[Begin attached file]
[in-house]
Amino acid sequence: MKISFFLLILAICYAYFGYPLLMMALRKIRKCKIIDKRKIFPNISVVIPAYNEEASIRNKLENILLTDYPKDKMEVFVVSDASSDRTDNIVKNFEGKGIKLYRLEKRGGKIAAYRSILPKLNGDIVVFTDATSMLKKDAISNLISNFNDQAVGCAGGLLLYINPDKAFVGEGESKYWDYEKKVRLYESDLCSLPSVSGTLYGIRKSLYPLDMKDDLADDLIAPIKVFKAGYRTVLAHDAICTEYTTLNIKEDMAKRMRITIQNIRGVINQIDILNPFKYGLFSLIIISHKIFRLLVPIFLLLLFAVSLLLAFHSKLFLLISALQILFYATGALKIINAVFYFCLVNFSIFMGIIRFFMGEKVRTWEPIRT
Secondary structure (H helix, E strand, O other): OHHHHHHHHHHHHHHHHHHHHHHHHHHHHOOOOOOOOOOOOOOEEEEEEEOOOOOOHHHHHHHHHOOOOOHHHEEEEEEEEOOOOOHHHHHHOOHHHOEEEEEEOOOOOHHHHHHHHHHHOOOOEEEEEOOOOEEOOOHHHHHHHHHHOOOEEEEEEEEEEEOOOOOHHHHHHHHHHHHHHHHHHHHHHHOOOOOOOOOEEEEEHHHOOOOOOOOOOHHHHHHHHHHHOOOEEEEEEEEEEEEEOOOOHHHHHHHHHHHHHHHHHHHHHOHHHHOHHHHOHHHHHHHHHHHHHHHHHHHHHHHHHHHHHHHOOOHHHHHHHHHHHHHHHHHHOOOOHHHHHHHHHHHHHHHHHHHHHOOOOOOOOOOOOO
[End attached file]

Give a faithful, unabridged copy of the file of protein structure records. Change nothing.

[in-house]
Amino acid sequence: MKISFFLLILAICYAYFGYPLLMMALRKIRKCKIIDKRKIFPNISVVIPAYNEEASIRNKLENILLTDYPKDKMEVFVVSDASSDRTDNIVKNFEGKGIKLYRLEKRGGKIAAYRSILPKLNGDIVVFTDATSMLKKDAISNLISNFNDQAVGCAGGLLLYINPDKAFVGEGESKYWDYEKKVRLYESDLCSLPSVSGTLYGIRKSLYPLDMKDDLADDLIAPIKVFKAGYRTVLAHDAICTEYTTLNIKEDMAKRMRITIQNIRGVINQIDILNPFKYGLFSLIIISHKIFRLLVPIFLLLLFAVSLLLAFHSKLFLLISALQILFYATGALKIINAVFYFCLVNFSIFMGIIRFFMGEKVRTWEPIRT
Secondary structure (H helix, E strand, O other): OHHHHHHHHHHHHHHHHHHHHHHHHHHHHOOOOOOOOOOOOOOEEEEEEEOOOOOOHHHHHHHHHOOOOOHHHEEEEEEEEOOOOOHHHHHHOOHHHOEEEEEEOOOOOHHHHHHHHHHHOOOOEEEEEOOOOEEOOOHHHHHHHHHHOOOEEEEEEEEEEEOOOOOHHHHHHHHHHHHHHHHHHHHHHHOOOOOOOOOEEEEEHHHOOOOOOOOOOHHHHHHHHHHHOOOEEEEEEEEEEEEEOOOOHHHHHHHHHHHHHHHHHHHHHOHHHHOHHHHOHHHHHHHHHHHHHHHHHHHHHHHHHHHHHHHOOOHHHHHHHHHHHHHHHHHHOOOOHHHHHHHHHHHHHHHHHHHHHOOOOOOOOOOOOO